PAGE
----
Ganache and Gardcorps

Ganaches, also spelled garnaches, and gardcorps were over coats worn by men of all social classes during the Middle Ages (c. 500–c. 1500). Most likely made of thicker wool, the primary purpose of these garments was to protect the wearer from inclement weather and provide warmth. They might even be lined with fur for extra warmth. They were worn from about 1200 on.

Ganaches and gardcorps were very similar. Both garments were pulled over the head and hung down past the waist, perhaps as far as the knees. The sleeves of the ganache were formed from extended fabric at the shoulders; they were open at the underarm and the sleeves were generally no longer than the elbow. The gardcorps had separately attached sleeves and thus was better for cold weather. Both garments could have a hood that attached at the back of the neck that was draped over the back when not in use.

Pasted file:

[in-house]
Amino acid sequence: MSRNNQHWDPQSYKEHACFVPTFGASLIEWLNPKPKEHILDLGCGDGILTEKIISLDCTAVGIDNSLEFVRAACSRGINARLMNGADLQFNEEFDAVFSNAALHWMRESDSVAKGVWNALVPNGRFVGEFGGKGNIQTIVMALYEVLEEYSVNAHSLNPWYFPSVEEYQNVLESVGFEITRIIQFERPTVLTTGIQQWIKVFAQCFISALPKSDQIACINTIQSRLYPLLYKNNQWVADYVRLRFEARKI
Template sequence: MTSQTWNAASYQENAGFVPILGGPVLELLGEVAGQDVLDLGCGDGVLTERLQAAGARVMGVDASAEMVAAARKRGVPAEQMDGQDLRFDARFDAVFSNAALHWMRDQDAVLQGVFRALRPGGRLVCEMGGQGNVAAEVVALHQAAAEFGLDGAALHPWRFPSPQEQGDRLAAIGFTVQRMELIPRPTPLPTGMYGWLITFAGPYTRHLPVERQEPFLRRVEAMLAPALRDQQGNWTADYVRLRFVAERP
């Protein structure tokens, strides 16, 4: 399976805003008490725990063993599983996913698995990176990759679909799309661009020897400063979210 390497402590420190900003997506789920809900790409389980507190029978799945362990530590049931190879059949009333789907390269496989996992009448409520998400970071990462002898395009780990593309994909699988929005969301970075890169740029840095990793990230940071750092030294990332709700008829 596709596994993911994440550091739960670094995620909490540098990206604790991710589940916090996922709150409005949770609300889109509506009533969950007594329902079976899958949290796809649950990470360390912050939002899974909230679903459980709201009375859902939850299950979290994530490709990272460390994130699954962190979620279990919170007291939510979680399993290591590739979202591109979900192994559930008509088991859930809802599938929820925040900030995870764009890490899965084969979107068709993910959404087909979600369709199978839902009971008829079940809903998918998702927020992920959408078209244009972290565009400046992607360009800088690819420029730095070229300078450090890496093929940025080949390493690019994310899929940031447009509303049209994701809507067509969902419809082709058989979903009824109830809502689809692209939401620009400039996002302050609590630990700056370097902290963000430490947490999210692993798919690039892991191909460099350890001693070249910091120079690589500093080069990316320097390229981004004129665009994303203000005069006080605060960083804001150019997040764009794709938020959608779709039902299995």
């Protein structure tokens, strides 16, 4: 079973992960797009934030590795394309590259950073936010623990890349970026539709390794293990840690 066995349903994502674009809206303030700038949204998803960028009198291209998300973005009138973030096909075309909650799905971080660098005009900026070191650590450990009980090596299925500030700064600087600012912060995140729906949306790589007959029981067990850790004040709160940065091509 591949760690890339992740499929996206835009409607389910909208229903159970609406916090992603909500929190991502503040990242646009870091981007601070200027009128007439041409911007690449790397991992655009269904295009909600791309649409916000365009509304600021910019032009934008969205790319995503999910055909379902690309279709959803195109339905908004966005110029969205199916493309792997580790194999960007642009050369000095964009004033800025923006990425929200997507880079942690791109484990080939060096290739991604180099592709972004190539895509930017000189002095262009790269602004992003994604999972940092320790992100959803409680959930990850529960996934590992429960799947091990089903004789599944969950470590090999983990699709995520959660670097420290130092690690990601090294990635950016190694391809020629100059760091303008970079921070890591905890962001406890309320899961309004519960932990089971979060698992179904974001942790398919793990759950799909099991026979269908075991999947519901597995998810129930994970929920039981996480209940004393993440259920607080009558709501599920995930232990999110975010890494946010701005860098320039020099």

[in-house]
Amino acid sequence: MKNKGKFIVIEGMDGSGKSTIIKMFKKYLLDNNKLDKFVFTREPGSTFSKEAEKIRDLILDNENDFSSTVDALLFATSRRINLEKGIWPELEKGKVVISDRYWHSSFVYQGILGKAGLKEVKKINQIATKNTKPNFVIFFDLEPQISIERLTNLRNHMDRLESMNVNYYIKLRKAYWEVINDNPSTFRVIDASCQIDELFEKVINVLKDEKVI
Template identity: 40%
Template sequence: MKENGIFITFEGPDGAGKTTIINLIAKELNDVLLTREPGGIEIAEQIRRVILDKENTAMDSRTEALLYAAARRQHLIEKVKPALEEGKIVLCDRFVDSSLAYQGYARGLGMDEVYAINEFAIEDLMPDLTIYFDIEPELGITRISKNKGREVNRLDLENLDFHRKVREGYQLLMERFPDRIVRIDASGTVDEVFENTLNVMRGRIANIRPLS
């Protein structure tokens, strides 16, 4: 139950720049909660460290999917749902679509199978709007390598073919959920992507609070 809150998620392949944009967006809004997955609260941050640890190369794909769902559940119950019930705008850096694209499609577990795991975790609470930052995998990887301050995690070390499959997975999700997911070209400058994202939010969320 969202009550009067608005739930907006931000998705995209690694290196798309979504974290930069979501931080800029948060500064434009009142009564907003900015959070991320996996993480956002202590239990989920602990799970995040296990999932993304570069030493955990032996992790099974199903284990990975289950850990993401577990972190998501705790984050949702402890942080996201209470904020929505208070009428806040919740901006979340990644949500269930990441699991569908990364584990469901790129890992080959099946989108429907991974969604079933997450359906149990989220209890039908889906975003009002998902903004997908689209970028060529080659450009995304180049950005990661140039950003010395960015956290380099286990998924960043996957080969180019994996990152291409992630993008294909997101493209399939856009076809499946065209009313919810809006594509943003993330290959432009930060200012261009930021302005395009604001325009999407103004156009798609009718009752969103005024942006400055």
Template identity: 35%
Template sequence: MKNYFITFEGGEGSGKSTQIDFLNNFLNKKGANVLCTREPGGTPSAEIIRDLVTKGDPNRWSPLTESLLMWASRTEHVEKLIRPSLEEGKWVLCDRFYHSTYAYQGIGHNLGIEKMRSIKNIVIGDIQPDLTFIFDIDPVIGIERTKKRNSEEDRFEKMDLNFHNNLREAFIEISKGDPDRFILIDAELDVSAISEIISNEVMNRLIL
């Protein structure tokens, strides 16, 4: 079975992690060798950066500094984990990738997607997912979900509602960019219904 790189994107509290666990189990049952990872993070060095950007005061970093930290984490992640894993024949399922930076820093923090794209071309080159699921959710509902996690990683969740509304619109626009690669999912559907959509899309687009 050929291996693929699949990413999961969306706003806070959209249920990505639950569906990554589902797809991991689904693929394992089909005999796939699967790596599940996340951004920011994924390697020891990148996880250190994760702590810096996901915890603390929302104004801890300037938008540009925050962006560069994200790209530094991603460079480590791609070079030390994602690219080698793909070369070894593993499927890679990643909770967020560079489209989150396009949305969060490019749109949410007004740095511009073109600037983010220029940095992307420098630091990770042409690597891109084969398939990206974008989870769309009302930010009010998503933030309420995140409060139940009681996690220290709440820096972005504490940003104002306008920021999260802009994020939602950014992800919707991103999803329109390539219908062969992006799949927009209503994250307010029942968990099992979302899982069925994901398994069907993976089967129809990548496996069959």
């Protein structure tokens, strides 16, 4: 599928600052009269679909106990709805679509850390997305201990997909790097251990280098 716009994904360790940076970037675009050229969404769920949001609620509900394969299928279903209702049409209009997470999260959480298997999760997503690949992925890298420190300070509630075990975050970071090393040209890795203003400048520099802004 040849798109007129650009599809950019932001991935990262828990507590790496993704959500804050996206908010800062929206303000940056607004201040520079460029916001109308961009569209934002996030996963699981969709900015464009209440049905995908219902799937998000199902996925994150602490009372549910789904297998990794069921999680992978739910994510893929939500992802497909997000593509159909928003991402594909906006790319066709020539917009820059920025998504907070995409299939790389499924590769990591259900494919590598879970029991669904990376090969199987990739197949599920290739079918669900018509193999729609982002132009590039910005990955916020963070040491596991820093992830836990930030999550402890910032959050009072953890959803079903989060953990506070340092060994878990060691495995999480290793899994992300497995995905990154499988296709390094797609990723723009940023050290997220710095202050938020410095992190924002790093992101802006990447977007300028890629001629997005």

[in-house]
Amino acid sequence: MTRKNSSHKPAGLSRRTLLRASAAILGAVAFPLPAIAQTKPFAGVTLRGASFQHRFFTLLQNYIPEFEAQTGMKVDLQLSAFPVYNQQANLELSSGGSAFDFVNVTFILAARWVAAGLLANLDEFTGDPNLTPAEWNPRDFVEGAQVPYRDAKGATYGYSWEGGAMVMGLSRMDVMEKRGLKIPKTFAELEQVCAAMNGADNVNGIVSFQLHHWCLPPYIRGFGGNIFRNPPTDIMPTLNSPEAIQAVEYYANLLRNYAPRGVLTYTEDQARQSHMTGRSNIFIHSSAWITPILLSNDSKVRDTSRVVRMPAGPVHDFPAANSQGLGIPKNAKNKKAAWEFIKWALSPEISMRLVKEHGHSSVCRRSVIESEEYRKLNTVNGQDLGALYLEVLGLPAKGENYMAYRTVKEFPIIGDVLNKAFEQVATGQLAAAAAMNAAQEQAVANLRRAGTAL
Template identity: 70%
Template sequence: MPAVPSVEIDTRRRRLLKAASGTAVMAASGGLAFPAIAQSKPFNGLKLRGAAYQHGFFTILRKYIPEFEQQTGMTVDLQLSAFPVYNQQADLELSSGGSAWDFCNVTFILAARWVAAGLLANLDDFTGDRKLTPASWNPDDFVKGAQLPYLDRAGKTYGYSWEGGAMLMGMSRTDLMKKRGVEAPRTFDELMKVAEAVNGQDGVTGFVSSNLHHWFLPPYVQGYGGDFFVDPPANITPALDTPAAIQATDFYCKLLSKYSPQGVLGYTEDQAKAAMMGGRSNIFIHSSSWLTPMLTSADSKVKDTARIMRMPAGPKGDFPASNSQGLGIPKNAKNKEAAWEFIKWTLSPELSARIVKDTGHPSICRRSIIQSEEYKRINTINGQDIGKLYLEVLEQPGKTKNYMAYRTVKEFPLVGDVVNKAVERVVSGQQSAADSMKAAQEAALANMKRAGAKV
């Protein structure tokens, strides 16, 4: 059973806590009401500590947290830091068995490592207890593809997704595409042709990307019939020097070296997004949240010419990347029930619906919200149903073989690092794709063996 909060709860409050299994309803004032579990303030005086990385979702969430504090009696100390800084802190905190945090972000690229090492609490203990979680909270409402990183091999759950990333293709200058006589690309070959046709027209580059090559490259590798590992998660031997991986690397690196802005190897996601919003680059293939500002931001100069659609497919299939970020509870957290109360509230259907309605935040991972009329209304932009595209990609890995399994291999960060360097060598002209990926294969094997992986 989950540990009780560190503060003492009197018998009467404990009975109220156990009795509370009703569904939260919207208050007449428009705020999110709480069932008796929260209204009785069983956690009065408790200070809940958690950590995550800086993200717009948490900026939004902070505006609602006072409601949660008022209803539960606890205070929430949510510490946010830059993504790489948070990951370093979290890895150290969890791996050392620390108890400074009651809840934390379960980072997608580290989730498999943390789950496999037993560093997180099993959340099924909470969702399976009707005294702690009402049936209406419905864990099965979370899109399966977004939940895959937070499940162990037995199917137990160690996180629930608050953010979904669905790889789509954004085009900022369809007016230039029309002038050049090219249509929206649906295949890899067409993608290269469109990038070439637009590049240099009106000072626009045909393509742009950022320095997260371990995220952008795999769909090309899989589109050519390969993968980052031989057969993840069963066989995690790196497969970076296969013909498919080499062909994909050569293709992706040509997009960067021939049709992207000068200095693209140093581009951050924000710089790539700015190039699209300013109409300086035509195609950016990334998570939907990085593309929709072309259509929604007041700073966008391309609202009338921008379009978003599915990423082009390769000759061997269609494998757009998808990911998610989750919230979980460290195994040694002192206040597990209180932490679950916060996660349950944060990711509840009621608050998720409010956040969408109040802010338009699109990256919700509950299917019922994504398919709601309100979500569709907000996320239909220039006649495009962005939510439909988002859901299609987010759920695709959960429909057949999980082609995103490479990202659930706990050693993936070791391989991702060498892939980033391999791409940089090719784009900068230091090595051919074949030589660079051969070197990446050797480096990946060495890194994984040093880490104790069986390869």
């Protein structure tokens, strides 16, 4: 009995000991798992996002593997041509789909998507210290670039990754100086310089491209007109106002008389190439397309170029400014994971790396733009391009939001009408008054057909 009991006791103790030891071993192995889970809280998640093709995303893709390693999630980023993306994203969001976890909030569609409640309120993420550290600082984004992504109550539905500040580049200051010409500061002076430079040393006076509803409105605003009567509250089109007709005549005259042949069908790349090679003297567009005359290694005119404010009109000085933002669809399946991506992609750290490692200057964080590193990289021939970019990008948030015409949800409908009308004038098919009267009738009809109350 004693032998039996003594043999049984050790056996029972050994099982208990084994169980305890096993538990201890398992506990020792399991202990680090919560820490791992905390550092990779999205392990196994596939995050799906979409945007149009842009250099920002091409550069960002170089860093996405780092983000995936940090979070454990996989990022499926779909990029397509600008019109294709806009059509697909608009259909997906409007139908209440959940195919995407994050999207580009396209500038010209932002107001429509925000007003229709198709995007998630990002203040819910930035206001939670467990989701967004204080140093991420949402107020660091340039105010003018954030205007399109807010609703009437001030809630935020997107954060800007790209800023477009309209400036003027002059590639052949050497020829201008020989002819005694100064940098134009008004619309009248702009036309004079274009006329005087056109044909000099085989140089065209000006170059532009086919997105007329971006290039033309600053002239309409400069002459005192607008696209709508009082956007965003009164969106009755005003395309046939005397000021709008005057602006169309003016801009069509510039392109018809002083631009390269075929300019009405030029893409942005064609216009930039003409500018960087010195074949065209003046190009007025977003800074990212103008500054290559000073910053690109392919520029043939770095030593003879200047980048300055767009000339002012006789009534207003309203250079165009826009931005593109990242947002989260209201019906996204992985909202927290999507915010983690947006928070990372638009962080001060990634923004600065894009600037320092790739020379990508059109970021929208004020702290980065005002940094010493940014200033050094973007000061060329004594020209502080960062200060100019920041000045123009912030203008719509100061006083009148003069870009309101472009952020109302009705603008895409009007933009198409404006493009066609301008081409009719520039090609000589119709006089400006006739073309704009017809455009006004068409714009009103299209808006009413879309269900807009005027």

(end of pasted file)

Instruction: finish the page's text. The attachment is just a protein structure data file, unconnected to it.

Payne, Blanche, Geitel Winakor, and Jane Farrell-Beck. The History of Costume. 2nd ed. New York: HarperCollins, 1992.

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